Much pleased, the five merchants moved closer, while Selim seated himself in their midst. The servants refilled their goblets and replenished their pipes and brought glowing coals to light them. As for Selim, he took a long draught of his sherbet, stroked his beard, and began.
‘Listen then carefully, to my strange tale!’
14
People reached
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Engagements
2 shares
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The Caravan
*In the manner of all good story telling, I shall just start by saying,..*
Once upon a time, a mighty caravan of travellers and merchants were making its way across the desert. The sounds of camel bells and the chinking of the horses’ harnesses could be heard from afar over the vast plain, where nothing could be seen but sand and sky. A thick cloud of dust rose before the caravan and, when a breath of wind did part this, one may have been dazzled by the sight of rich fabric clothing and the shimmering glint on the many weapons.
This was how the caravan appeared to the solitary rider mounted up on a magnificent Arab stallion, with a tiger’s skin draped over it. Small silver bells hung from its deep crimson harness, and a plume of heron’s feathers waved on the horse’s head. The rider himself struck a commanding figure. On his head he had a white turban, richly embroidered with gold threading, his coat and wide trousers were of scarlet silk, and her wore a curved sword at his side, its hilt encrusted with jewels. His turban was set well down over his forehead. This, together with his gleaming black hawk-like eyes and bushy brows, and the long beard flowing from under his hooked nose, gave him a wild look.
When he was some fifty paces from the approaching caravan, he spurred on his horse, and in but a few moments reached the head of the procession. So unusual was it to see a lone horseman riding through the desert that the guards, fearing a surprise attack, levelled their lances toward the stranger.
‘What’s the meaning of this?, cried the rider, at the hostile reception. ’Do you really think that one man will attack this caravan by himself?’ The guards, feeling ashamed, raised the points of their spears again, but their captain rode up to the stranger and asked him what he wanted. ‘Who is the master of this caravan?’ inquired the stranger.’ It belongs to no one man,’ replied the captain, ‘but jointly to several merchants who are on their way home. We are guiding them across the desert to guard them from such rascals and bandits who often attack travellers here,’ ‘Lead me to these merchants,’ the stranger said. ‘I cannot do that now,’ said the captain. ‘We must hurry on without delay, and the merchants are at least a quarter of an hour’s hard ride behind us. However, if you will ride on with me until we pitch camp for the noonday halt, I will do ask you ask then.’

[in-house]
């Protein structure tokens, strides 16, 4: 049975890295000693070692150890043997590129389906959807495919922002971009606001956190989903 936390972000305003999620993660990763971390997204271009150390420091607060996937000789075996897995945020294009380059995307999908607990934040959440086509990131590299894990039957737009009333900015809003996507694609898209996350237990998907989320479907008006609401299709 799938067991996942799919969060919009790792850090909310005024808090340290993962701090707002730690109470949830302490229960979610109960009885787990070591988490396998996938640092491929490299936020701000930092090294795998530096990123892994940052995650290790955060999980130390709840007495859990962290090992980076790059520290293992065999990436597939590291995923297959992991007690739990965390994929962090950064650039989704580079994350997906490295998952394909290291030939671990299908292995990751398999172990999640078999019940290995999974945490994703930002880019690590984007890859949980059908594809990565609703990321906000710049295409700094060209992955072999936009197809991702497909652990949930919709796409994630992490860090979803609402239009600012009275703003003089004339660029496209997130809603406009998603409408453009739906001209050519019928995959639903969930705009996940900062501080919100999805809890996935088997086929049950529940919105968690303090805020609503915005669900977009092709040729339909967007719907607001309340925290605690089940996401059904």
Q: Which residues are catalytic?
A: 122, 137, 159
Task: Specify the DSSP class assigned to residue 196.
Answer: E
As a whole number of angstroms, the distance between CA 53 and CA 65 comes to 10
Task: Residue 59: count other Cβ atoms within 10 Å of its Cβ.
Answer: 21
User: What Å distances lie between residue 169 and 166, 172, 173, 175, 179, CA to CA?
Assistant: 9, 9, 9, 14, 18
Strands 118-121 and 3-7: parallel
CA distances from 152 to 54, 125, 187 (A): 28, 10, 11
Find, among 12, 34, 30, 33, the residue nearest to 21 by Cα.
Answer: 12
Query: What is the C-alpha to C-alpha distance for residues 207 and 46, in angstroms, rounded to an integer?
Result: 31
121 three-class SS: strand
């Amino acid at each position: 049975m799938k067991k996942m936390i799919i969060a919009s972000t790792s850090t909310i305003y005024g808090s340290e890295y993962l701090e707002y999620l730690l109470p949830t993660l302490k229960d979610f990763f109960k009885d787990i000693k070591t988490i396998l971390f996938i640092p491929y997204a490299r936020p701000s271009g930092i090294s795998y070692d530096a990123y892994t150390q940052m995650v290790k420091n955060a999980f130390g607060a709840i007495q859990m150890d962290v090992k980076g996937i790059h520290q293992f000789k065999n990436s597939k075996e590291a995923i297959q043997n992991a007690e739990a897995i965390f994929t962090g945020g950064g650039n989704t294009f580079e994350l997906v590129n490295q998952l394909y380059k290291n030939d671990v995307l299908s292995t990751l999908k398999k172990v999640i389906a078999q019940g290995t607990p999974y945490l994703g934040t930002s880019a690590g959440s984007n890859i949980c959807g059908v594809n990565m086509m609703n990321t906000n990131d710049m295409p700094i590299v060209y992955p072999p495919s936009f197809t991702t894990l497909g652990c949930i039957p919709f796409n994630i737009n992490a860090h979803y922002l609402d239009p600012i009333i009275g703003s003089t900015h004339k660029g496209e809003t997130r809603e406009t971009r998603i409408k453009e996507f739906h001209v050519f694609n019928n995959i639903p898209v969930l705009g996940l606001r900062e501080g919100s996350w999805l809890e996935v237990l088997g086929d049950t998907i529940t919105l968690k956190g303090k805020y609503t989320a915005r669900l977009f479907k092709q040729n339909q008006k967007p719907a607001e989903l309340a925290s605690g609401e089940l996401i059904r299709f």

The stranger made no reply but proceeded to untie a long pipe from his saddle and began to smoke it as he rode along at the head of the procession, beside the captain of the guards. The captain did not know what to make of him. He dared not ask directly for the man’s name, and hard as he tried to start up a conversation, the stranger returned only a brief, ‘Yes, indeed!’ to his remarks of ‘That’s a good tobacco you are smoking.’ Or ‘You have a fine horse there!’
Eventually, they reached the place where they wished to halt, and the captain placed his men on guard. He himself waited by the stranger’s side as the caravan came up. Thirty camels passed them by, all heavily laden and led by armed men. After them, riding fine horses, came the five merchants to whom the caravan belonged. Four were elderly men, and looked very grave and serious, but the fifth, who seemed much younger than the others, seemed more cheerful. Many more camels and packhorses were following along behind.
Tents were pitched, and the horses and camels tethered nearby. In the middle stood a huge tent of bright blue silk, and the captain of the guards led the stranger toward it. Lifting the tent flap, they saw the five merchants seated on gold-embroidered cushions, with servants proffering food and drink to them. ‘Who is this?’ the youngest merchant asked.
‘I am known as Salim’, the stranger said before the captain could even attempt to reply. ‘I come originally from Baghdad, and I was on a pilgrimage to Mecca when I was taken captive by a band of robbers. Three days ago, I escaped and fled. I heard the bells of your caravan from afar, and so I chanced upon you. Will you let me ride in your company? You will be giving your protection to no unworthy man, and if you will allow me to travel to Baghdad with your party, you shall be rewarded for your kindness, as I am the Grand Vizier’s nephew’ ‘Welcome to our company, Selim’ replied an elder merchant. ‘We are indeed happy to be able to help you! But sit down now and eat and drink with us.’